ATLANTA – Rep. Keith Ellison was willing to give up his U.S. House seat to become the Democratic Party's national leader — a political gamble that the six-term congressman lost over the weekend.
Ellison fell short of the votes needed to run the Democratic National Committee in a contest here Saturday. The job went to former Obama Labor Secretary Tom Perez, who immediately appointed Ellison as his deputy.
In an interview Sunday, Perez said he had big plans for Ellison as his deputy, including letting him run point on the party's grass-roots organizing efforts.
Perez also noted he wanted to make Ellison the "face of the Democratic Party."
While serving as DNC deputy, Ellison will keep his Fifth Congressional District seat. This forces Ellison into a potentially awkward position in his home district of Minneapolis, where he will have to rebuild a local platform and repledge to serve his loyal constituents, who have re-elected him to Congress six times.
"If anything, he's helped himself," said state Sen. Scott Dibble, who lives in Ellison's district and was mulling a run for his seat if Ellison had resigned. "His work has always been about energizing folks and energizing people at the grass roots. That's why people support him so strongly in this district."
He noted that there was a welcome home party for Ellison at Minneapolis-St. Paul International Airport on Sunday.
Ellison first got into the Democratic National Committee race four days after President Trump was elected in November. At first, Ellison said he could simultaneously be a congressman and chief of the Democratic Party. He argued that he would have a robust team and he could continue voting and serving his roughly 600,000 constituents on Capitol Hill while also steering the Democratic Party nationally.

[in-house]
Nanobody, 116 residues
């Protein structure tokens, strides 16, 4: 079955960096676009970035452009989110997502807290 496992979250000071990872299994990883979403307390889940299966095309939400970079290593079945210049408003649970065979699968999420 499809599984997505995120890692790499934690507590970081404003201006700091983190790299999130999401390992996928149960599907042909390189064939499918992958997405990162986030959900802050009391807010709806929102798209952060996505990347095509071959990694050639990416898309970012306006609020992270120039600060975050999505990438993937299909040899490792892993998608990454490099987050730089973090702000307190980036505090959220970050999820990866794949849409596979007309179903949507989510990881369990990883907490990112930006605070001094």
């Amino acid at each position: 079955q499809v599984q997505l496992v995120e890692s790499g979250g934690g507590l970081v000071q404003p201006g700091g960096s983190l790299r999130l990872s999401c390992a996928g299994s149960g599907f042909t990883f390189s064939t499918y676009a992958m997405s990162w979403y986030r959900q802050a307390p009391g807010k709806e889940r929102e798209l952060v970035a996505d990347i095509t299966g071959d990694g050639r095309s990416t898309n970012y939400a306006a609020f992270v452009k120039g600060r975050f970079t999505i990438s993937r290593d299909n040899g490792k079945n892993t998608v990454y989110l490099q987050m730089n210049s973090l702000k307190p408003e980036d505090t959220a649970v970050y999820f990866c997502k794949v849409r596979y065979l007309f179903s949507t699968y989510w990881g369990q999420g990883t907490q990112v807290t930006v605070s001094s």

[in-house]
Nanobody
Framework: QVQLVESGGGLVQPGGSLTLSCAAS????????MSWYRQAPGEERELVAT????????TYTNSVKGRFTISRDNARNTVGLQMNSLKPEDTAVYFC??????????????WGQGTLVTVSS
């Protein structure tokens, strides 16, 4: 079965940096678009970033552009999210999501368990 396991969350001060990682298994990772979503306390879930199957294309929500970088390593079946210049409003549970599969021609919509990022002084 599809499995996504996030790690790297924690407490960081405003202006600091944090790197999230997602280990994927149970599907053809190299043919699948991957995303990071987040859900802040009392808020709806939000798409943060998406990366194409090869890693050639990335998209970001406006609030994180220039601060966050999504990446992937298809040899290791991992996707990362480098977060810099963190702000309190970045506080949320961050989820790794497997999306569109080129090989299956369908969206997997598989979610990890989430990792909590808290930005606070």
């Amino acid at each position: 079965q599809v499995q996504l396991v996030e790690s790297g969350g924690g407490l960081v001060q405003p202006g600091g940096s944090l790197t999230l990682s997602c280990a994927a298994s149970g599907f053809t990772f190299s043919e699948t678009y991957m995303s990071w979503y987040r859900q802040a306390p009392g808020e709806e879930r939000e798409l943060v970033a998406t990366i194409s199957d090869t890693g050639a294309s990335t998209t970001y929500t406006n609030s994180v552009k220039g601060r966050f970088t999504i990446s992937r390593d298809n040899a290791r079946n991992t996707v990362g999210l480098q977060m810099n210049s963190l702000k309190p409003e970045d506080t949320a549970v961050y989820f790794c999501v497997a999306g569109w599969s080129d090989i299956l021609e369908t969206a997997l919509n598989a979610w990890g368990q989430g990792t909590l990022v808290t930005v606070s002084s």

But DNC delegates had reservations about that idea. The party had just weathered historic losses up and down ballots across the country and there was a sense among the more than 440 voting members that a full-time chairman was needed to bolster the party's strength.
So former Minneapolis Mayor and DNC Vice Chairman R.T. Rybak, who was advising Ellison from the beginning, and others encouraged him to offer to give up his seat if he won. It wasn't easy to convince Ellison that was the right call, Rybak said.
"Keith never set out to leave Congress, and a number of us helped convince him that to do this job, you'd have to do that," Rybak said. "He will have no problem getting re-energized in that kind of work and I think the district fully understands that he unwillingly was going to give up his seat."
Rybak points out that Minneapolis stands to gain with an elevated politician — particularly one with a new national title as deputy chairman of the DNC.
"Now he's a very national figure who is clearly seen far and wide as a person who can energize and mobilize younger voters, especially voters of color, and he'll be called on across the country," he said.
Doug Daggett, a Republican who ran against Ellison a few years ago, said on Sunday he applauded Ellison for being willing to give up his House seat for the DNC job, but said it's fair to question his commitment to the House job now.
"Why would he be willing to give that job up?" he said. "Really, Keith is the only one who can answer that."
Ellison, who did not grant interviews on Sunday, called his work a "mission of love" and said he will always be passionate about igniting a fire in people who may not otherwise be engaged in politics.
"What about that guy on the corner, pants sagging, everybody is scared of him," Ellison said to supporters earlier this weekend. "They think he's trouble. But you might find out if you talk to him that he's the best door-knocker and canvasser that you've ever had."
Perez underscored Ellison's importance to the party's future. "We have to make sure we turn these moments into a movement. We have to make sure Democrats are conspicuously helping in all of these emerging activities, and I'm hard-pressed to think of someone better suited to help lead that effort," he said.
"He's such an eloquent spokesperson," Perez added. "We need many faces of the Democratic Party and so I think we're incredibly blessed to have the opportunity to create the synergies that together allows us to do what we need to do."